Can people with HIV be 'legally' quarantined — Georgia lawmaker

Leslie Hanson
October 21, 2017

Price later added to her controversial statement: "It seems to me it's nearly frightening the number of people who are living that are potentially carriers-well, not carriers, with the potential to spread, whereas in the past they died more readily and at that point they are not posing a risk".

Wortley did not directly answer Price's question, STAT reports, instead calling for the expansion of health services for all Georgians living with the disease. So we have a public interest in curtailing the spread.

"When we come into spaces like this and we hear questions around how legally far can we go to isolate people or even quarantine people, then it just lets you know that we have a real uphill battle", Diallo said. Worsley's presentation noted that gay black men in metro Atlanta have by far the highest rates of HIV diagnoses in Georgia. "Whereas in the past, they died more readily, and then at that point, they're not posing a risk".

Later in the hearing, Price lamented improvements to HIV treatment that prevent patients from dying, thereby "posing a risk" to the rest of the population.

A state lawmaker queried a Georgia health official earlier this week whether Georgia could legally quarantine HIV-positive individuals. "She went on to use the "quarantine" word", as she put it, and that's a problem.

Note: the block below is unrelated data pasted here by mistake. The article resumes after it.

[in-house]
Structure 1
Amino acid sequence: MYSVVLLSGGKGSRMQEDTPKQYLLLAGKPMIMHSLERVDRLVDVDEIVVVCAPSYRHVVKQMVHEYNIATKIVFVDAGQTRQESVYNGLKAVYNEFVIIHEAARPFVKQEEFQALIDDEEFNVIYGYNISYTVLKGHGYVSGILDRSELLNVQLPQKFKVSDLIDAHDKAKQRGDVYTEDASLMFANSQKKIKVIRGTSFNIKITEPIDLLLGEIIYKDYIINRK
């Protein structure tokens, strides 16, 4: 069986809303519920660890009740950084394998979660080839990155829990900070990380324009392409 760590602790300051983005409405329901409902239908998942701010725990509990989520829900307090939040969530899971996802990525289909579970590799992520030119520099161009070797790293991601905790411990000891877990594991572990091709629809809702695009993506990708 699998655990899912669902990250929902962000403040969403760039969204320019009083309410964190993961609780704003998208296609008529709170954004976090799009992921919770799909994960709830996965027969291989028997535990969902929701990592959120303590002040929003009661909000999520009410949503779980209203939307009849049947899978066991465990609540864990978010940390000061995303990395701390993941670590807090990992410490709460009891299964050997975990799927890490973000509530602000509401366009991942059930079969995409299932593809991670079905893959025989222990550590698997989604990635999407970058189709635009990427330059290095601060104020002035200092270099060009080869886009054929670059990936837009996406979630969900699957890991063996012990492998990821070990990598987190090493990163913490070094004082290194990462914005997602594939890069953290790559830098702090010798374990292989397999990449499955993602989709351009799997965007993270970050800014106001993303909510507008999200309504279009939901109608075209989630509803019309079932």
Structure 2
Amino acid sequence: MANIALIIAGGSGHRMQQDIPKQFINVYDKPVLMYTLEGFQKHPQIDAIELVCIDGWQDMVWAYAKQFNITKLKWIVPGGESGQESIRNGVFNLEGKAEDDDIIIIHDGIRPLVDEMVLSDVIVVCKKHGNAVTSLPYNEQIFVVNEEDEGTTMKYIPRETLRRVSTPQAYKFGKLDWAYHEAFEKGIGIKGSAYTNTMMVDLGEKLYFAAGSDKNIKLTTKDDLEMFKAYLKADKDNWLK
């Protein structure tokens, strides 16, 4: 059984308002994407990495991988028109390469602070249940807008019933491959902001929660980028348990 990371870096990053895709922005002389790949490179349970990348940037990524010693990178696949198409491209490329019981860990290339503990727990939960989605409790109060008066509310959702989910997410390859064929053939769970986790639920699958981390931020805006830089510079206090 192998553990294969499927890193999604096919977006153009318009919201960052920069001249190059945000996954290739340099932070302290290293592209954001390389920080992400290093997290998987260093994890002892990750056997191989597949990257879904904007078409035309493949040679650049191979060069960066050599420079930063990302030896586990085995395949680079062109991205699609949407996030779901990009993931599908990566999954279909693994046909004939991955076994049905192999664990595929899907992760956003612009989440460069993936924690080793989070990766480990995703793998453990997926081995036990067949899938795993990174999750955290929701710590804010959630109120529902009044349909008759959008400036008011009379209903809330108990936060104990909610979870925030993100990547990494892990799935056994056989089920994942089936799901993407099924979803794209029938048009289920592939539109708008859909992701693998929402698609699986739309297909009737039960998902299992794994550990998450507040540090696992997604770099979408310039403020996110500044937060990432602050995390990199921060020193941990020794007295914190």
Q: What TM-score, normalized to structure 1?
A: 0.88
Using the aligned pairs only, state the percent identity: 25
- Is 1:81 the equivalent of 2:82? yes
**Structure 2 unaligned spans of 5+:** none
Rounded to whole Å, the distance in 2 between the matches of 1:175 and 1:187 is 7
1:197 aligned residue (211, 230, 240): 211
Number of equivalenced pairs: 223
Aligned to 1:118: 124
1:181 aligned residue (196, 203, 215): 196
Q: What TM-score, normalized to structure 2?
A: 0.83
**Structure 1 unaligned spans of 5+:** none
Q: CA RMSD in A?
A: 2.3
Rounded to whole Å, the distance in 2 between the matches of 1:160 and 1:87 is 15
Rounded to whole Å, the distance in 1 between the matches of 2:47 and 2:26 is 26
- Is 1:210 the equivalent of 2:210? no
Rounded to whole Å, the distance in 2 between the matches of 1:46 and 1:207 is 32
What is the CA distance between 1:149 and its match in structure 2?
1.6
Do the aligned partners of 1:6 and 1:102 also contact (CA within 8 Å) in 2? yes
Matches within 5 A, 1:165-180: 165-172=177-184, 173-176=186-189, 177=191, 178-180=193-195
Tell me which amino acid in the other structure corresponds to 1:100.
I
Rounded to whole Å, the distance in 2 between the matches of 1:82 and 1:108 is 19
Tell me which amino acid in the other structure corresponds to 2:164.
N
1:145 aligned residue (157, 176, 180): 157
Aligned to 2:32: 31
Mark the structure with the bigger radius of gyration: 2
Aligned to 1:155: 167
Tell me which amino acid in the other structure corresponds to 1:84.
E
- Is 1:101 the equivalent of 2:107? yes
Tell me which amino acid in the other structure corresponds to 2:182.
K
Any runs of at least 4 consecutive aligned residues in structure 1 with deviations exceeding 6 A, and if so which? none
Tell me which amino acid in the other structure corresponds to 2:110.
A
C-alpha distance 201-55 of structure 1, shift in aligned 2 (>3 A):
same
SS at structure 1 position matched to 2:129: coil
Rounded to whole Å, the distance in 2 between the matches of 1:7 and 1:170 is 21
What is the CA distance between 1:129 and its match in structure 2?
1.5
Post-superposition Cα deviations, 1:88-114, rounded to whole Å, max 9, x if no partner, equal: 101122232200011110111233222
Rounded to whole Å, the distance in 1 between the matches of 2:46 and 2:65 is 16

Wortley answered by explaining in detail one HIV surveillance program that is now in place, as well as another that she says will be implemented soon, but did not answer Price's question about quarantine. In 1987, the staunchly homophobic Sen.

The idea of quarantining people with HIV and AIDS is not new, and was seriously discussed at the height of the AIDS epidemic in the 1980s. Price asked Dr. Pascale Wortley, director of the HIV/AIDS Epidemiology Section at the Georgia Department of Public Health.

GLAAD called Price's remarks "totally unacceptable" and called on her to apologize. Oh and Betty is also a medical doctor.

Price - a physician - made the comments at a Georgia House commission meeting about improving state residents' access to healthcare. "GLAAD is calling for a full apology for these remarks on behalf of all people affected by this harmful statement".

"We need to get public health [workers] to find people, get them into care, keep them in care, and keep them virally suppressed", Dr Carlos del Rio told STAT.

Other reports by Iphone Fresh

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